Haha not that it’s not in my own vocabulary, just funny because of the stuff I’m used to reading from you.

        • We definitely have different styles, that’s for sure.

    • Kyle Wiggers

      Reading is good for you.

    • Reginald Jefferson

      I guess I have a large vocabulary then because I didn’t notice any words that were uncommon and big words tend to be everywhere these days.

  • Omar Amer

    I think the biggest change is the “simplified” smartphone market. no longer are companies producing half a dozen phones to compete with each other. just a couple and the rest of the time on phone updates and work on next year’s model.

    • Adrynalyne

      Hmmm, you must have mentally blocked out Samsung this year…

      • kixofmyg0t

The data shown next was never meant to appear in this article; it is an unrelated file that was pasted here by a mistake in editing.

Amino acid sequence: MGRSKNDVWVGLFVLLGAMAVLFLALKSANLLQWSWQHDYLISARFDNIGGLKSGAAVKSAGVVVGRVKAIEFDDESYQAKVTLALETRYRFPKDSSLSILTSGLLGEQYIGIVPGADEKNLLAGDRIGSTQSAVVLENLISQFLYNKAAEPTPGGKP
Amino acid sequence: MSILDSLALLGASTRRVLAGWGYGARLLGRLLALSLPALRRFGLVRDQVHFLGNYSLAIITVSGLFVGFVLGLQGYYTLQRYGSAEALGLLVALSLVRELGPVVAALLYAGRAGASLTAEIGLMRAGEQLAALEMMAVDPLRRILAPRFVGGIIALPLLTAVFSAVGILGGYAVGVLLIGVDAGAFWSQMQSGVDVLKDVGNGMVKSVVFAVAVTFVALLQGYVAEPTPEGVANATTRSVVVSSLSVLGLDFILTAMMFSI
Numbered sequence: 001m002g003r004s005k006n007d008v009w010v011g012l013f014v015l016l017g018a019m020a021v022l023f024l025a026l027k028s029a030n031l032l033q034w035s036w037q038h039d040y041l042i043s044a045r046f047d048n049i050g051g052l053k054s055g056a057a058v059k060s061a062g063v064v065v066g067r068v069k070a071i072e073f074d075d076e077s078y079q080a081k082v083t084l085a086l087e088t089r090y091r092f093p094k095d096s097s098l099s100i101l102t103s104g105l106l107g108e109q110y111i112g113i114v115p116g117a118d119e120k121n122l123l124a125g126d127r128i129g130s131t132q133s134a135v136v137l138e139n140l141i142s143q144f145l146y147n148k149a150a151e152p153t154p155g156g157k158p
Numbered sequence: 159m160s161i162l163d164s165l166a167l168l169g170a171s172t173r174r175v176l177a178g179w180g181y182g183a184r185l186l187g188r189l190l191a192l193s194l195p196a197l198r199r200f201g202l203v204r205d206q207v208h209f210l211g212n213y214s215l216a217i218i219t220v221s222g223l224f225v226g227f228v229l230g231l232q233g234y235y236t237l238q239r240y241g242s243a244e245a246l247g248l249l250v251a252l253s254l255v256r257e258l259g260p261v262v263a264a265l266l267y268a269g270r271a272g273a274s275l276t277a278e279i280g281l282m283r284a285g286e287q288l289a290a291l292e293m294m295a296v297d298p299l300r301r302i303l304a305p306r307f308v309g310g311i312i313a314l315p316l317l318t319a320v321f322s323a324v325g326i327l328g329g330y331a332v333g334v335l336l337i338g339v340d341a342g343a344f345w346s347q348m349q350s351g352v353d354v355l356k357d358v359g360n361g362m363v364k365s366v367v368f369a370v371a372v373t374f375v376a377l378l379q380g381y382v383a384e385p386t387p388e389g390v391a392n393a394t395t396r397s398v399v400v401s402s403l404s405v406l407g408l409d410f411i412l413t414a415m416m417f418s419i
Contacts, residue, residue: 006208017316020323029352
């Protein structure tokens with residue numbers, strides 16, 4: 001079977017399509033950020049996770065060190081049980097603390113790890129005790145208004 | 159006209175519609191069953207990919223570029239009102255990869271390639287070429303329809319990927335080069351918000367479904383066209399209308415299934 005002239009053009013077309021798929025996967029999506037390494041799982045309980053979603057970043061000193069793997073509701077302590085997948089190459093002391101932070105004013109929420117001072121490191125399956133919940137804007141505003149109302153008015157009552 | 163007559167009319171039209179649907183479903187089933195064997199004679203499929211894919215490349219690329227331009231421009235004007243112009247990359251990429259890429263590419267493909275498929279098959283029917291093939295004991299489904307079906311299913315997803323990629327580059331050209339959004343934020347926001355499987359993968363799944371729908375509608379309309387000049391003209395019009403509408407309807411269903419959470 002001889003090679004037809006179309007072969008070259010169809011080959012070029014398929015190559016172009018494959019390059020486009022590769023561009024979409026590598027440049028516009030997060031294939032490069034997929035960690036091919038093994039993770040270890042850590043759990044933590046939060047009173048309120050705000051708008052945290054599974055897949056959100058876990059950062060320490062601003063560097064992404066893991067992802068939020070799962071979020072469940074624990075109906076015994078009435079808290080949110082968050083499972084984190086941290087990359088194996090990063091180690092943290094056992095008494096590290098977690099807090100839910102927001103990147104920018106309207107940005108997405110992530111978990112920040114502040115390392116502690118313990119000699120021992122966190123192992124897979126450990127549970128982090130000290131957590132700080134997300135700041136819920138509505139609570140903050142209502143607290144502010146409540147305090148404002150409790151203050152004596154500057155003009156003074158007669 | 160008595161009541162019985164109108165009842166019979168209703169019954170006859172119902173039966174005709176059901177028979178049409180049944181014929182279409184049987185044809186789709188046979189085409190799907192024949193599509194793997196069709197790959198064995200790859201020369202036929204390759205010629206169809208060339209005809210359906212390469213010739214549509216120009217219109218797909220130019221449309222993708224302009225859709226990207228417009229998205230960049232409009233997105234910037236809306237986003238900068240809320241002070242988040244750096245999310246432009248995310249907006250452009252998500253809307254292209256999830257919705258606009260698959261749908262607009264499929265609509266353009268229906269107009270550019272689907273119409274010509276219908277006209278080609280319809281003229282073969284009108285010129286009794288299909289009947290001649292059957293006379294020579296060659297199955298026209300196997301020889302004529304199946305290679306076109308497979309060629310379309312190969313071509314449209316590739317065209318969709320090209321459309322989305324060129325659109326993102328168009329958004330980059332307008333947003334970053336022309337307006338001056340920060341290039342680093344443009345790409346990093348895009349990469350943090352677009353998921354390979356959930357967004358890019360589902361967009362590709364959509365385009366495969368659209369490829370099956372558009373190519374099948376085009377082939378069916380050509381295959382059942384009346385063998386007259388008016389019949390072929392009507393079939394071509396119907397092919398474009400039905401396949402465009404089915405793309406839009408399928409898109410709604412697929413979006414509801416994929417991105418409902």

You forgot about a half dozen S4 variants.

        • Adrynalyne

          Which variants did I miss?

          Differences due to carrier isn’t what I meant.

          • kixofmyg0t

            You missed the 8 core GSM version, the different colored versions that were staged release months afterwards(people claim Moto of the same thing with the different colored RAZR’s). You missed the LTE-A GS4 as well. You claim the the GPE isn’t a different model, but there is a Verizon Dev Edition. That certainly is different.

            Also you have the dual core qHD Mega 5.8, which is different than the Snapdragon 400 powered 720p Mega 6.3. Oh and both the 5.8 and 6.3 Mega’s have dual SIM variants too.

  • Daniel Walsh

    2013 was all about the HTC One. The best phone of 2013. Moto X sucks balls. It has lackluster specs and a hefty price for a phone that is mid-range. The Moto G is more of a game changer than the Moto X because of the price.